Saturday, July 22, 2017

Review: ’Batman: Detective Comics - Rise of the Batmen’ is best of DC Rebirth trade paperbacks

Now that’s more like it. Writer James Tynion IV, pencilers Eddy Barrows and Alvero Martinez and their colorists and inkers are doing the best Batman title in the DC Comics Rebirth.

DETECTIVE COMICS is the type of Batman series I’m used to reading. It’s the closest thing to a BATMAN FAMILY-style comic book in decades.

Tynion delivers a well-crafted, intriguing story in RISE OF THE BATMEN (‘TEC Nos. 934-940). The Dark Knight is focused on saving Gotham City. He has his suspicions that something big is about to go down — which, like the Batman of the 1990s, he holds close to his chest. To prepare, he enlists Batwoman to train Red Robin (Tim Drake), Spoiler (Stephanie Brown), the Orphan (Cassandra Cain, the second Batgirl in the pre-New 52 continuity) and reformed villain Clayface.

I may be one of the only Batman fans to think this — much less say it — but I most enjoy Batman when he is working with a supporting cast. No solo, brooding Dark Knight for this lifelong fan.

DC Comics writers characterize Batman as a loner, especially in the dialogue from other DC characters in the various versions of JUSTICE LEAGUE. But for this lifelong fan he’s at his best when he has other heroes and protagonists to complement him. Bruce Wayne may want to consider himself a loner, but the best parts of his complicated personality come out when he is working with — and certainly playing nice with — others.

The pre-New 52 Batwoman was one of my favorite DC characters. There were many months when her title far outshone the rest of the Batman-related titles.

If you enjoyed her then, you definitely will enjoy her now. Before, Batman was skeptical of her, for reasons writers didn’t fully explain to my satisfaction. Now, the Dark Knight trusts Batwoman and their implied history indicates they’ve worked well together in the past.

A preview of DETECTIVE COMICS NO. 934, as seen without dialogue or captions.
The partnership of Batman and Batwoman is a good fit. They’re both stubborn as the Gotham night is long and dangerous and won’t take “no” for an answer.

Just as in Tom King’s BATMAN Rebirth series, there’s a humanity to the Dark Knight that’s been missing for years — probably since the 1990s, the last time the Batman team of writers had him working with Nightwing, the third Robin (Drake), Oracle and even Spoiler and Cain’s Batgirl.

It’s refreshing to see Batman have faith in someone besides those characters and of course, Alfred Pennyworth. This is a Batman who knows his limits, that he can’t fight crime by himself and realizes when it’s time to bring in a support team.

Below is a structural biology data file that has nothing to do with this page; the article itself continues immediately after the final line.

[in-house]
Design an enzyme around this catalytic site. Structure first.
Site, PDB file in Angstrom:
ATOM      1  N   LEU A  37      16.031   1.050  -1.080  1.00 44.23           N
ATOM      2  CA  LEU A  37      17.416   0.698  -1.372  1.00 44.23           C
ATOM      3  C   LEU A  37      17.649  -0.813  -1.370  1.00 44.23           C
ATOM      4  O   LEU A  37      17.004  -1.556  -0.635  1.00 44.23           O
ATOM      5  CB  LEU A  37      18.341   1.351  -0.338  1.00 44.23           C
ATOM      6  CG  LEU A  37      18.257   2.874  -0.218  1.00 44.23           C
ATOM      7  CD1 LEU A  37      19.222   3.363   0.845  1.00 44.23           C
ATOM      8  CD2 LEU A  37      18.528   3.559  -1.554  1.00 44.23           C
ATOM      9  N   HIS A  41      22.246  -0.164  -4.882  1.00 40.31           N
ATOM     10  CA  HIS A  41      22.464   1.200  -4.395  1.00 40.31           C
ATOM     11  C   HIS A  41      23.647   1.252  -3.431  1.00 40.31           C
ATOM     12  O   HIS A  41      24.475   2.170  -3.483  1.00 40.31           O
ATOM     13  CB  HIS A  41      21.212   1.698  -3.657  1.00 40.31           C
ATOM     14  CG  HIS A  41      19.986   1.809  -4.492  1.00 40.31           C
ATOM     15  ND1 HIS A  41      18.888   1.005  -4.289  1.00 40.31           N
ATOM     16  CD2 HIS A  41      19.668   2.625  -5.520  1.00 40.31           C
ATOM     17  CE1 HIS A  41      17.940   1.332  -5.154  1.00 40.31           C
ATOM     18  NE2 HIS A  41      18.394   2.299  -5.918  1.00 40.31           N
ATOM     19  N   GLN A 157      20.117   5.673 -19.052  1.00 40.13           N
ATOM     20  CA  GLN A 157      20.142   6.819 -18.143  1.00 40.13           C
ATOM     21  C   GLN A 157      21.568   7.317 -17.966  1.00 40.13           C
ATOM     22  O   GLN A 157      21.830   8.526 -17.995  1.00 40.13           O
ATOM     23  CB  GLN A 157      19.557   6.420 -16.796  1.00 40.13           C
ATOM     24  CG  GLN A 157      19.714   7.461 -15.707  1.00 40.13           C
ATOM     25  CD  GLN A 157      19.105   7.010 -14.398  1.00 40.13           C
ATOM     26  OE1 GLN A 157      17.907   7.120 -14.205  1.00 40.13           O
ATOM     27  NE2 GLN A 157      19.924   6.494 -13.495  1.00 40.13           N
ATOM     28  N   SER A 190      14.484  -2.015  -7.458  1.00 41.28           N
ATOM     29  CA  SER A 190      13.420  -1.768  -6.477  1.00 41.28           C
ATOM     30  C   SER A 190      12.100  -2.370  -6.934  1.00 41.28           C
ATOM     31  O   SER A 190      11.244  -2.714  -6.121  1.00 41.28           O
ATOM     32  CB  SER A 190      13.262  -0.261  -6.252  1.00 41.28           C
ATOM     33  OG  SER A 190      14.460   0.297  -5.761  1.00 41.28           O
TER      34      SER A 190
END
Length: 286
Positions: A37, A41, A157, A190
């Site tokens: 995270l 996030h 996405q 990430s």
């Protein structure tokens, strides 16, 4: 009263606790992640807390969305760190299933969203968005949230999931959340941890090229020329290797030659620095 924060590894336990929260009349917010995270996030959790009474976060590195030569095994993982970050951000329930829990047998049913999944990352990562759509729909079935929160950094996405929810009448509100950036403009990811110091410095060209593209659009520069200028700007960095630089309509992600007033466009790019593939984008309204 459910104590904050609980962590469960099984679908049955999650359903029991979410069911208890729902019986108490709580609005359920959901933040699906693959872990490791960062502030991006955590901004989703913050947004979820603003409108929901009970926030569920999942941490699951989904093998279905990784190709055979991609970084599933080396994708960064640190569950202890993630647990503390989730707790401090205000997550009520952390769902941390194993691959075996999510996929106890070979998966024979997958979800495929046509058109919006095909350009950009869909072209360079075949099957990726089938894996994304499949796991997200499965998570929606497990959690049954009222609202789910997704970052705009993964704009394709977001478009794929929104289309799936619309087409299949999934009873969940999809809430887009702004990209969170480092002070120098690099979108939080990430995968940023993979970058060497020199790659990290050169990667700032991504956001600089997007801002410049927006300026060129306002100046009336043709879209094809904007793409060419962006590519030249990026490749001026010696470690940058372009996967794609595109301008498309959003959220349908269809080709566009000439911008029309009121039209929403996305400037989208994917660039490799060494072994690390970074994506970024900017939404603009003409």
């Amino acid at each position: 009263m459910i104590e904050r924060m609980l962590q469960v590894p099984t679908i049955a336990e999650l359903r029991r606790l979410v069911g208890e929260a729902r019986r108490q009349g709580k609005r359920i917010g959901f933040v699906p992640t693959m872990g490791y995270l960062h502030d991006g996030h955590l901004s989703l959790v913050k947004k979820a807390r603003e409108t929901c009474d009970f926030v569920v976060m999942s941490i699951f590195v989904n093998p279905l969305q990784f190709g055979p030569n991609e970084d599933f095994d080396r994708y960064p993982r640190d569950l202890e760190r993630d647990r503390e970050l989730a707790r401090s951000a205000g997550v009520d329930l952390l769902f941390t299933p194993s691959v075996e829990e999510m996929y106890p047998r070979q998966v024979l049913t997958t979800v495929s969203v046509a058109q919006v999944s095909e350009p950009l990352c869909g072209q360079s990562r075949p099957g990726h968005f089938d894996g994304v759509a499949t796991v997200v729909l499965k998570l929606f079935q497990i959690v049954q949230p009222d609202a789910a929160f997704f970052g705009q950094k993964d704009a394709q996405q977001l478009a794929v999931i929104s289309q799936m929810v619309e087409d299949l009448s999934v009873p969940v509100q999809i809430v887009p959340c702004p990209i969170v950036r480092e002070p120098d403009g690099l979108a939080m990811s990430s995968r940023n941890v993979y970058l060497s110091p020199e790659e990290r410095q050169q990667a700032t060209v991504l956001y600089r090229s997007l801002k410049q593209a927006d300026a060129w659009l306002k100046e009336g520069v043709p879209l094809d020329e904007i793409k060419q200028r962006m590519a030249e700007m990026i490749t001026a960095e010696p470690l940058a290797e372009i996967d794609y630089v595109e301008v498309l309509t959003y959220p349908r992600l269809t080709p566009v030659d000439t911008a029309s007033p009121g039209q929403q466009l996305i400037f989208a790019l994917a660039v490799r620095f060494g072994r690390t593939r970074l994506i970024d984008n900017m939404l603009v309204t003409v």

This tweak to the Batman-Batwoman dynamic really makes the RISE storyline sing. Tynion takes it a step further by making it clear Wayne and Kate Kane are cousins and about the same age. Kane is the daughter of Wayne’s uncle, Colonel Jack Kane, who is Martha (Kane) Wayne’s brother. Jacob Kane never much liked the Wayne family and his relationship with his daughter is even more strained than it was in the previous continuity.

All of these family dynamics play into the stunning revelation of who is behind the Colony, the domestic terrorists patterned after Batman, his fighting techniques and even his tech. Granted, all this sounds — and is — very soap opera-esque for a Batman comic book, but Tynion makes it all gel nicely.

As with the New 52, DC’s Rebirth has changed very little of Batman’s massive continuity. What you’ve read in the stories published in the decades beforehand remain valid. Aside from Wayne and Kane being related now, you can read this trade paperback and the other Rebirth titles in the Batman family as if nothing has changed. It’s there to accept if you want to.

What the DC and Batman writers have done is tweak elements here and there; the Dark Knight’s relationship with Batwoman being a prime example.

Drake’s Red Robin threads are a variation of his 1990s Robin costume, just with a double R logo. Batman trusts him as he always has and their relationship is as healthy as it was in the 1990s.

The Rebirth tweak to Drake is that he’s a computer genius. In the New 52, Drake was a forgotten character shelved to the side in favor of focusing on Batman, Nightwing and Damien Wayne's Robin and it seemed no writer knew how to handle Drake, much less how he and Red Robin fit into the Batman family dynamic.

Tynion knows how to write Drake, making him the dynamic and interesting character I read regularly twenty-plus years ago. He’s also dating Brown, a dynamic relationship that frustrated me when it first happened in his ROBIN series, but I eventually ended up digging. As with his former partner, Drake shines when he has other protagonists around him. He, Spoiler/Brown and Batwoman are a great ying to Batman’s yang.

RISE OF THE BATMEN is the best Batman-related Rebirth story and trade paperback I’ve read so far. It grabbed my attention from the beginning and never let go — and I rarely say that about modern comics. Until the end, I had to know how Tynion planned to wrap this up and when it did conclude, I was satisfied with how Team Batman/Batwoman fared.

The final scene between Batman and Spoiler is powerful, an exclamation point on just how well Tynion knows what makes these characters tick. The climax and conclusion — with deftly crafted big and small moments — are a testament to his respect for Batman’s world.

If you only buy or even read one DC Rebirth trade, BATMAN: DETECTIVE COMICS — RISE OF THE BATMEN should be it.

Grade: A

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